These enchiladas really are simple and delicious. I wouldn’t bother turning on the oven, as the cooking process was so quick that I didn’t have time to put the first batch in the oven before frying another tortilla, moving it to the dish, placing the next tortilla in the skillet, turning it, and placing it in the dish. The flavor of these is both warming and satisfying. While I’d love to try this dish with different cheeses, I’d use the sour cream and lime sauce again and again. I really enjoyed the cooking method and will use it in the future when working with corn tortillas for enchiladas of all kinds. The red chile sauce is simple to make and comes together very quickly. I was able to find all the ingredients called for in the local supermarket. The step in the recipe that made me a bit nervous was the toasting of the chiles, but this step was actually pretty straightforward. It only took about 15 seconds for the chiles to become fragrant and toasty. They did not scorch. I soaked them for about an hour. When it came to sautéing the onion until it began to sizzle, that took all of 15 seconds as well. The caramelizing of the onions did take the full 15 minutes. While the sauce had great depth of flavor, it was a bit spicy. I wasn’t sure everyone in my family was going to love the heat. It was also pretty thick—more like canned chili than canned tomato juice. I thought I might be able to solve both problems with additional chicken broth. This did the trick, thinning the sauce and softening the heat. I ended up with about 3 cups of sauce.
The sauce you will need for the simple and delicious enchiladas is easy and very straightforward, though it takes about an hour to prepare. I used dried new Mexico and ancho chiles, like the recipe says. Prepping those chiles takes some time, and be careful to remove all the seeds and membranes if you don’t want it overly spicy. I made this sauce for the whole family, kids included, and everybody loved it. Toasting the chiles took about 15 seconds each side, in my case. I put 4 chiles at once on my griddle, that was good manageable. It was fairly easy to see when they changed color as they turned bright red. When blending the chiles, I needed more than a little bit of the soaking water, a total of about 1/2 cup. I had to stop the blender about 6 times and push the top layer down to really blend it. The yield was about 2 cups, not quite enough to coat 12 6-inch tortillas.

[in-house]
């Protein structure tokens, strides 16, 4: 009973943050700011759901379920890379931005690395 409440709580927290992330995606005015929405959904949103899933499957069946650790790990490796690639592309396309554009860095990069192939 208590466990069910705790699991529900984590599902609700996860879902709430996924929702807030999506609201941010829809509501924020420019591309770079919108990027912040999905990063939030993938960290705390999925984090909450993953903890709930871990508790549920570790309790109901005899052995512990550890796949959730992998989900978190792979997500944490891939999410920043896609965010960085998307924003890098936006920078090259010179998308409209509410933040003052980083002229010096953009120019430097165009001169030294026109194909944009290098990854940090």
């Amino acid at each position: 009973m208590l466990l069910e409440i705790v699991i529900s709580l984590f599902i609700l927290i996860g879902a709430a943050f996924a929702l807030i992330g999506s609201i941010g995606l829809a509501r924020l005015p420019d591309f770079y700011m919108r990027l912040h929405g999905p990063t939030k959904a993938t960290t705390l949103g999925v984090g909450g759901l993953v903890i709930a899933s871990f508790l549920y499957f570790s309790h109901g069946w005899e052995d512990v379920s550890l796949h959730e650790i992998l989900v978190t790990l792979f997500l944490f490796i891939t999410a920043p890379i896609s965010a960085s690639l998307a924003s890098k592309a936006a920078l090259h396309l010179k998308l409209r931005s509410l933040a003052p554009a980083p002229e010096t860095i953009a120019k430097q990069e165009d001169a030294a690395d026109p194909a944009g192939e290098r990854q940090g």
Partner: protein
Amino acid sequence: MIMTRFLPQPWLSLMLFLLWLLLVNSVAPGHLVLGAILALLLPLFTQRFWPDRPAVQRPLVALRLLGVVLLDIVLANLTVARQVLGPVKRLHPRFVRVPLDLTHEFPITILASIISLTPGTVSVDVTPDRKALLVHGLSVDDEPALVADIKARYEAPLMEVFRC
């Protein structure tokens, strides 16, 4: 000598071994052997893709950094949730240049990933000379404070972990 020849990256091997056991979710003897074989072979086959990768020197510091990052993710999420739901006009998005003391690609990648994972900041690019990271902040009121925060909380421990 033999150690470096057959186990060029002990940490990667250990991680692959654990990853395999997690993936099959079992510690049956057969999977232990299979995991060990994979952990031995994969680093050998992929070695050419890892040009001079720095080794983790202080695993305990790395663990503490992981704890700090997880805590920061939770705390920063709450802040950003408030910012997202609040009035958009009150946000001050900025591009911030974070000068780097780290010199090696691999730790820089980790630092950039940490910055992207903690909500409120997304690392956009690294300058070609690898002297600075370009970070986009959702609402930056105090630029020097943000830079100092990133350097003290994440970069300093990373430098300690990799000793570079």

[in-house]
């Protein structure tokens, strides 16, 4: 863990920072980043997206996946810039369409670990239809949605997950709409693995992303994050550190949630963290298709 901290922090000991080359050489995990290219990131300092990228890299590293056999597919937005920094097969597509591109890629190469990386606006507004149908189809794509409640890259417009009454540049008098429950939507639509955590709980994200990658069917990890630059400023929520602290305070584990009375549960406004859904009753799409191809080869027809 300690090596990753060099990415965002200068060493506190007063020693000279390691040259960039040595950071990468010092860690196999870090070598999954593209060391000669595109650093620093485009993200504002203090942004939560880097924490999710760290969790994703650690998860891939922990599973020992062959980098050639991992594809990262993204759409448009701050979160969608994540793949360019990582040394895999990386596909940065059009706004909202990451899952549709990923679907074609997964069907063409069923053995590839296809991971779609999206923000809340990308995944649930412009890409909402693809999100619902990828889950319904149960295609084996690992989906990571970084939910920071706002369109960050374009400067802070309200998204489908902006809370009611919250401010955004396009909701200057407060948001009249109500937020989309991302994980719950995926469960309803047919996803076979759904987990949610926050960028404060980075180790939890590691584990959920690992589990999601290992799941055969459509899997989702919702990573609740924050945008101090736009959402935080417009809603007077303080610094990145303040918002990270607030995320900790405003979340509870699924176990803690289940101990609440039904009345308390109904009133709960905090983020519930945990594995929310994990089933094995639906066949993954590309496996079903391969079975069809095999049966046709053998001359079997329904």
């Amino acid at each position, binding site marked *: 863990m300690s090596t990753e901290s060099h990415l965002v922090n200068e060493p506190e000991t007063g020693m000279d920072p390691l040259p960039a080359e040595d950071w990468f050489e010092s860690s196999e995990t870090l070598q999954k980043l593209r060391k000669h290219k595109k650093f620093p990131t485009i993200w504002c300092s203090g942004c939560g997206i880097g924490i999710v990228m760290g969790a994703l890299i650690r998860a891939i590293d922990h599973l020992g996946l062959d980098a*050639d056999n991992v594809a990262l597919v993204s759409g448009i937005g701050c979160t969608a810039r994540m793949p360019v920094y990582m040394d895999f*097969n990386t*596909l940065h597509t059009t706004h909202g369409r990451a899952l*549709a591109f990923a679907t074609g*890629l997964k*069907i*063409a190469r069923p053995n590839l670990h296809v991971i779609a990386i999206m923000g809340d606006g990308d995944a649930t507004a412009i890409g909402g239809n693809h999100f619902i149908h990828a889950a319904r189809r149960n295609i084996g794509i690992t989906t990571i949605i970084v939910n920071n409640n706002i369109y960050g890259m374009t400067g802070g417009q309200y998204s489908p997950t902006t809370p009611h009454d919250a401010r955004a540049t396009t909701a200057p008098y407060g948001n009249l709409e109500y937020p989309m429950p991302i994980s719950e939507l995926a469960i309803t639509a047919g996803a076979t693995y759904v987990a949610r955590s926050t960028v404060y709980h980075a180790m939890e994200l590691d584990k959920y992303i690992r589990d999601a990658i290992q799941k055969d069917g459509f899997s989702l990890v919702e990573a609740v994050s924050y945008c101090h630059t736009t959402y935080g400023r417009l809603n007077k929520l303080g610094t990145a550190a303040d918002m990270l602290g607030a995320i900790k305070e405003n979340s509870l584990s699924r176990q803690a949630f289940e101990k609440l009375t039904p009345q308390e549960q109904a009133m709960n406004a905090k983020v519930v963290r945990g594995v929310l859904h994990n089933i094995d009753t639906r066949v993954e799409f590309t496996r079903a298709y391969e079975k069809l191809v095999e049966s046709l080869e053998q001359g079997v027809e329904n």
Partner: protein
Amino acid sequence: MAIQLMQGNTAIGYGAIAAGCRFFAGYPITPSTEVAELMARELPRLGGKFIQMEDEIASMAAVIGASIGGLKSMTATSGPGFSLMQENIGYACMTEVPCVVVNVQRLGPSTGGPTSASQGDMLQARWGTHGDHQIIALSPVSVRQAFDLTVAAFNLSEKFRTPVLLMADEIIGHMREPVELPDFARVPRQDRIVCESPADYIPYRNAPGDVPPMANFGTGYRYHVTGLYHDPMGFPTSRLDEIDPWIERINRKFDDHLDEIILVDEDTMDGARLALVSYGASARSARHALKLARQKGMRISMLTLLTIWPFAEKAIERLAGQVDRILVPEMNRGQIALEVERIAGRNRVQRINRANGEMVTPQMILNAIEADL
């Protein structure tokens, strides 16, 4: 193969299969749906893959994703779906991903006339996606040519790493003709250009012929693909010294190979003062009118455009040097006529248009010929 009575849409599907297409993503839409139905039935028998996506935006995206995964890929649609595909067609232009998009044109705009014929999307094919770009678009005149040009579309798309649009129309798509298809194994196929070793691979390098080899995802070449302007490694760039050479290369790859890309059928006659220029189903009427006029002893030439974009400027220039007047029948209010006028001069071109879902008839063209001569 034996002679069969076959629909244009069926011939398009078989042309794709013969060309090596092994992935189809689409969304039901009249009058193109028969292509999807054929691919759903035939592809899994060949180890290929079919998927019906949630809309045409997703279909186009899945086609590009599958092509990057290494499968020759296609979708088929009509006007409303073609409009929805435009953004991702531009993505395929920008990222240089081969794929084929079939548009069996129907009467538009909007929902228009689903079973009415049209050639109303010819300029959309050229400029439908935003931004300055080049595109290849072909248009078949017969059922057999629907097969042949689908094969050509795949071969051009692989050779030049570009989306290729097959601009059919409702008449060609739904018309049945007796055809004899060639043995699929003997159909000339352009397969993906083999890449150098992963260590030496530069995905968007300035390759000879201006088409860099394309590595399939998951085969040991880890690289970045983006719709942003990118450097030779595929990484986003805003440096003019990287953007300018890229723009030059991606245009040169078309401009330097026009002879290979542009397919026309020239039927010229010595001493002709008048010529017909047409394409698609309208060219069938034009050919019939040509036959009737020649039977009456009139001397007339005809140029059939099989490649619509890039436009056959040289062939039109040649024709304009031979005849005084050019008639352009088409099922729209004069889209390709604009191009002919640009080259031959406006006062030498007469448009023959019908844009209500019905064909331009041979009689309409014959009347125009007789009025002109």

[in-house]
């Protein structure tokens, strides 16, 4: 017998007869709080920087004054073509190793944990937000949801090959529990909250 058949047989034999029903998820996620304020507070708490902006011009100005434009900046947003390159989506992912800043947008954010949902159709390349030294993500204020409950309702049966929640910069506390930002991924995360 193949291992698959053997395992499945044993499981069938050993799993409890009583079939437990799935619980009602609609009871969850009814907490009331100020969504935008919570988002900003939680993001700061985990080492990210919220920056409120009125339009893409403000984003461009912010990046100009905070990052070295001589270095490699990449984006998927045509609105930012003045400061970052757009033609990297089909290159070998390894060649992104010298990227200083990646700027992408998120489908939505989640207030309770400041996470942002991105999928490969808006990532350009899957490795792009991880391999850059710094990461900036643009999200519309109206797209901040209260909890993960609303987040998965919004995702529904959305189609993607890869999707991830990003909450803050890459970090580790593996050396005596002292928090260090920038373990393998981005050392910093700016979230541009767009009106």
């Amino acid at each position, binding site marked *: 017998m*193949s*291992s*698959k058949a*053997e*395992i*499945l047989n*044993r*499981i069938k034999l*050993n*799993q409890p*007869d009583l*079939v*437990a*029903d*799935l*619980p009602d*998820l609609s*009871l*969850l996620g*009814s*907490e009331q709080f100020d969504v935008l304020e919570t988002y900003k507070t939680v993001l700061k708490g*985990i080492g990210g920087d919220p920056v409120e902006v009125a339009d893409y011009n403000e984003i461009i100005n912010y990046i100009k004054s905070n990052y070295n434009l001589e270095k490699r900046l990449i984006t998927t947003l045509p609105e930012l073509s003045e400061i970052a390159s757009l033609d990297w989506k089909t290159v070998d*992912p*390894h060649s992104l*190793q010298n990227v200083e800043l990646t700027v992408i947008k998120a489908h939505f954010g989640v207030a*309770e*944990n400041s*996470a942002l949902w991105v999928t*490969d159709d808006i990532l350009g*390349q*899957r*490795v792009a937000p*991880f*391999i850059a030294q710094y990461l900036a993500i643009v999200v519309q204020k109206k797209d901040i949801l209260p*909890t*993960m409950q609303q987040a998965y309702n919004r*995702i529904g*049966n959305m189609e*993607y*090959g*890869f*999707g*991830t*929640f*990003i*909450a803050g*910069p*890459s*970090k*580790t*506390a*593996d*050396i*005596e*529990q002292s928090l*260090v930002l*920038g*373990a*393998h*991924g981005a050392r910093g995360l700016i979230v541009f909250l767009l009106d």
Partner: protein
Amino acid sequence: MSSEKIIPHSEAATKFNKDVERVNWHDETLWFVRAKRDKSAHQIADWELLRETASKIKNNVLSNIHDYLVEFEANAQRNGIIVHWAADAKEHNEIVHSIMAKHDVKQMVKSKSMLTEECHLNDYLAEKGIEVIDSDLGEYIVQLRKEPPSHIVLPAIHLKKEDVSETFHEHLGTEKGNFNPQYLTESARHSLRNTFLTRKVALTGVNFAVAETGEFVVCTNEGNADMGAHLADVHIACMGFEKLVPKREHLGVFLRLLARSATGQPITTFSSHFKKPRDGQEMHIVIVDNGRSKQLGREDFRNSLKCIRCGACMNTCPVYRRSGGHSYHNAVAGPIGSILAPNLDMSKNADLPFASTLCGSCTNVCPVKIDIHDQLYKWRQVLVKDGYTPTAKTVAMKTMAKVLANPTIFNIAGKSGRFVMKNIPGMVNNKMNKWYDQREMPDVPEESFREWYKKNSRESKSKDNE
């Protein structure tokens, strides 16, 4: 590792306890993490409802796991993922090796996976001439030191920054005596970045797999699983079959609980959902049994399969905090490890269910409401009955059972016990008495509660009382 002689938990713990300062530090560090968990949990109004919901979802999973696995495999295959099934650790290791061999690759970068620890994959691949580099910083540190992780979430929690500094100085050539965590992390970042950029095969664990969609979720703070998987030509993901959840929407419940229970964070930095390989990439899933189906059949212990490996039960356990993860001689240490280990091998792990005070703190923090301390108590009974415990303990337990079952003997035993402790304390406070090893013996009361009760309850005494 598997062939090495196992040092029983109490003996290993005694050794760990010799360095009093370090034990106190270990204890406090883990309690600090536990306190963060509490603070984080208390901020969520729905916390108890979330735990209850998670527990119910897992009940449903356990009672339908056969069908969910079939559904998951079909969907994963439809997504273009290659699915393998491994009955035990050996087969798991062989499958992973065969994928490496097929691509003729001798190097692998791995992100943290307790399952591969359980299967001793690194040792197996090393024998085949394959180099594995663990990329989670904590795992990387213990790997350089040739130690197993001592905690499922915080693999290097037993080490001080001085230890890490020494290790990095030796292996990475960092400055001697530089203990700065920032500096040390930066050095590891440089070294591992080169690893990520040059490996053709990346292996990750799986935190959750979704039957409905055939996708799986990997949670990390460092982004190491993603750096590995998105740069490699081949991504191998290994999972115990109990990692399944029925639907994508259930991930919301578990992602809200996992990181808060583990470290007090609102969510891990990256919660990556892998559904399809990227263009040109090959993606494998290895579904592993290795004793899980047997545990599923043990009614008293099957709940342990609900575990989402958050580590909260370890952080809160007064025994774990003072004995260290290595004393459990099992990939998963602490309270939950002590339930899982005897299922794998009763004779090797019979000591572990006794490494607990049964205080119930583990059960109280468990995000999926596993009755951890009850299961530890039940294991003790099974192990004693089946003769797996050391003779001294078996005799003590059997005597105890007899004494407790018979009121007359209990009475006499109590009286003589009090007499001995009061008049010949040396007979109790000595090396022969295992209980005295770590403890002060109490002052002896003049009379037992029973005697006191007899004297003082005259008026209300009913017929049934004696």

This recipe is a keeper. I've probably made this at least 5 or 6 times and counting! My family loves, loves, loves the sauce—it's full of flavor. There's nothing quite like a good homemade enchilada sauce, and this one is a snap to make. I usually end up using some, if not most, of my chile soaking liquid to thin out the sauce—the earthiness and depth of flavor from roasted chiles is so good! I've also made these with cooked cubed boneless chicken stuffed inside, and they are fantastic! Plan some time for assembly, at least 30 minutes. I assembled everything ahead of time and placed it in the refrigerator. Texturally, the tortillas may have gotten just a bit soft, although no one complained, so maybe it was my super sensitive taste buds. I think next time I'll assemble and cook it immediately as the recipe states or I'll make it ahead but cook the tortillas a little less. For the softening of the tortillas, I have always used the “pan fry with oil then coat with sauce” method, so I enjoyed trying a different technique. The “sauce first” method could have also contributed to the slightly softer texture. On the next day, my second attempt, I tried this recipe again because I had plenty of the delicious sauce left over. I tried a different method, which worked better for me and yielded much better results. I place a few tablespoons of oil in the pan and briefly heat each side of the tortilla. I then stacked the tortillas on top of one another and took a tablespoon and lightly coated each one with the back of the sauced spoon (one tortilla at a time, just before putting them in the pan) and place the tortilla back in the pan for a quick reheat. While the tortilla was heating on the sauced side, I coated the other side with the back of the sauced spoon. This method allowed the tortillas to get soft and pliable with some, but not too much, sauce—unlike when I dipped them in the sauce the previous time, which made them mushy and fall apart. The tortillas stayed intact much better and I was able to roll them and place a small sliver of Monterey jack cheese in the middle and topped with a cojita-style cheese. These were so delicious. My family ate them all up (yesterday there were leftovers).